Healthcare Organizations Using Technology To Address Health Disparities During COVID-19 Pandemic

Health organizations use tech disparities covid19
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In the U.S., one of the biggest health disparities comes from racial and ethnic differences. Health disparities related to race take on many forms, including higher rates of chronic disease and premature death compared to whites.

Read more The Role Technology is Playing to Stem the Tide of COVID-19

These disparities were only made more apparent during the COVID-19 pandemic. Black, Native American Indian, and Latinx communities faced the highest rates of severe illness, according to the CDC.

Addressing Social determinants of health (SDOH) and preventing people from getting sick can be a more effective strategy than simply treating them afterward, reports MobiHealthNews.

Organizations such as NowPow and ChristianCare are focusing on SDOH by offering platforms that connect health systems, health providers and health plans to community resources.

“Long-standing systemic health and social inequities have put some members of racial and ethnic minority groups at increased risk of getting COVID-19 or experiencing severe illness, regardless of age,” the CDC said on its website.

Amid the COVID-19 pandemic, NowPow had to adjust its services for customers located in the heart of the pandemic. Some of the company’s largest networks were in New York, New Jersey and Illinois.

“We were in the thick of it, and we immediately, because we’re supporting these larger organizations, understood the magnitude of what was happening,” Kohler said.


As a result, NowPow began integrating “COVID status tags” in the platform to keep users up to date on what was opening and in what capacity.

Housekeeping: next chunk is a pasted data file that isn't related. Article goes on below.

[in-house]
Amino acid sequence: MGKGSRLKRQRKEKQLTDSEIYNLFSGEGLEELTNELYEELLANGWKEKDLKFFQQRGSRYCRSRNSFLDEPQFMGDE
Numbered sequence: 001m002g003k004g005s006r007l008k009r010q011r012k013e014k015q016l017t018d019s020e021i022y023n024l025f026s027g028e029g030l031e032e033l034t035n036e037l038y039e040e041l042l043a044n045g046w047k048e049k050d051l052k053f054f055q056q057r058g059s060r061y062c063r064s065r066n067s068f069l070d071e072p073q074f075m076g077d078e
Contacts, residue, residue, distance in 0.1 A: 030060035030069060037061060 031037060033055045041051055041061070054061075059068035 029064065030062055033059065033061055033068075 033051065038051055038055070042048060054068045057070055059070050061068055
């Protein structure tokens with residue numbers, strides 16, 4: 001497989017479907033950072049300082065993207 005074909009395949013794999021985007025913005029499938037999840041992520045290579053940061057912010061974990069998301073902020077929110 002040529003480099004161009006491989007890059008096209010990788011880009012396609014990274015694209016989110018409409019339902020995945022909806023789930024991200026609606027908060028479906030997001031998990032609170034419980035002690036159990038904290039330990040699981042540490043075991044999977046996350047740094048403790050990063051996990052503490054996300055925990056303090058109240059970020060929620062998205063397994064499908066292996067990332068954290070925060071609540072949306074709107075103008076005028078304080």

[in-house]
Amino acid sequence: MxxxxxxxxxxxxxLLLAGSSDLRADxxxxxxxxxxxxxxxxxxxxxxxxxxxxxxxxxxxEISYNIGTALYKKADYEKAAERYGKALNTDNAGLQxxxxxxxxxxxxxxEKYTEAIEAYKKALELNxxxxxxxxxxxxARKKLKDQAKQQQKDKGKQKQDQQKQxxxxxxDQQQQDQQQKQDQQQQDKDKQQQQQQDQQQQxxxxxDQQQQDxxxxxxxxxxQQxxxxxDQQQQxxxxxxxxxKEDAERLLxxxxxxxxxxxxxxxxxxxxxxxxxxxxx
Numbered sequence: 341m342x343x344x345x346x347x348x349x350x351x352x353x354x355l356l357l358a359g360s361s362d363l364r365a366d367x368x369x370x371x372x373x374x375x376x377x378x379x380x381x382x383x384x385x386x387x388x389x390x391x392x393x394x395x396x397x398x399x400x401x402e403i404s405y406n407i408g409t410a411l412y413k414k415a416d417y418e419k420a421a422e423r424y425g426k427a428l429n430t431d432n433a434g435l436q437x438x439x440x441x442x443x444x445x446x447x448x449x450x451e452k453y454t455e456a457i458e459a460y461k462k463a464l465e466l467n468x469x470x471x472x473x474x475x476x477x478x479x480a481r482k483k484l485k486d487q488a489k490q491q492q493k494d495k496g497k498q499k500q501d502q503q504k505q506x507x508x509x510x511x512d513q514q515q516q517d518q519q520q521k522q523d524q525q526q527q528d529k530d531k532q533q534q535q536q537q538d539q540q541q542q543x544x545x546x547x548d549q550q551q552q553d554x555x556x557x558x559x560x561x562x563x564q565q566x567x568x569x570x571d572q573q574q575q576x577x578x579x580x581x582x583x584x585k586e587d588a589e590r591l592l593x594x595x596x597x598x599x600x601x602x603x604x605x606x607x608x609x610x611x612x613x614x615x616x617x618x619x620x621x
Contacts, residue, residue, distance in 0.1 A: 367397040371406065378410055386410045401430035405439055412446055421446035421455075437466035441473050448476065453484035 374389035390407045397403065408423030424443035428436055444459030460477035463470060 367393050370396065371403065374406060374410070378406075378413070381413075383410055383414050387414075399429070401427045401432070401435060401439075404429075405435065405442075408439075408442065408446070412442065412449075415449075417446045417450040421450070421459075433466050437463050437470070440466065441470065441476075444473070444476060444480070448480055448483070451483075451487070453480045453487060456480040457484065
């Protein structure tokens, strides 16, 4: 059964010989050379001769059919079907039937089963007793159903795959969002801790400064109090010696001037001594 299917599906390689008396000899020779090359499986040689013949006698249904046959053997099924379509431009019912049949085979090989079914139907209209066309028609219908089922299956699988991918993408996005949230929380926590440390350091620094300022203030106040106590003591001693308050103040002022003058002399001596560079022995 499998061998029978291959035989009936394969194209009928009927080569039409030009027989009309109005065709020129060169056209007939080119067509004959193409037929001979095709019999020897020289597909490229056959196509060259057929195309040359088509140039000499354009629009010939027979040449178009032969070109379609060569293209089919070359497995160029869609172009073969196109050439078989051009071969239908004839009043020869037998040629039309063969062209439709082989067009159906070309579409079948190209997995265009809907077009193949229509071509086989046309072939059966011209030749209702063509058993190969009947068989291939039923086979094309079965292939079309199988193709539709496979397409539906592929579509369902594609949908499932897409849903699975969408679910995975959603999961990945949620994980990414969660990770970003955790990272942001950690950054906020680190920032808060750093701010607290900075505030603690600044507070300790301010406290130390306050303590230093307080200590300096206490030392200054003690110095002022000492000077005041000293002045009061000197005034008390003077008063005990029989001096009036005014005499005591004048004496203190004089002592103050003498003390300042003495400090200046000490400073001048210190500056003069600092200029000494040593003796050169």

The company also created a rapid sign-on system where a link could be sent out by text to a potential user to immediately get them registered on the platform. New emergency services popping up in the areas covered by NowPow could use the rapid sign-on to get added to the registry.

“NowPow has made it our business to know more than 45,000 community and emergency-relief services which are open and operating,” Lindau said. “So when we send people to places – people who have a real need and who find it hard to get to places under the current circumstances – those [services] are there to help them.”

Other companies, like Unite Us, which was featured in a recent HIMSS20 Digital session, have also been addressing SDOH during the pandemic.

As people begin to look past the pandemic, the need to change the way the U.S. treats healthcare has become evident, the MobiHealthNews report said.

Read more Wearables Playing Crucial Role In-Patient Monitoring During COVID-19 Pandemic

Other health organizations are focusing on legislation like the Social Determinants Accelerator Act, which would provide funding and assistance for community-based health to address SDOH.

If passed, the bill would help set up grants from the Centers for Medicare and Medicaid Services, increase coordination between health and social service programs, and set up program-evaluation criteria.

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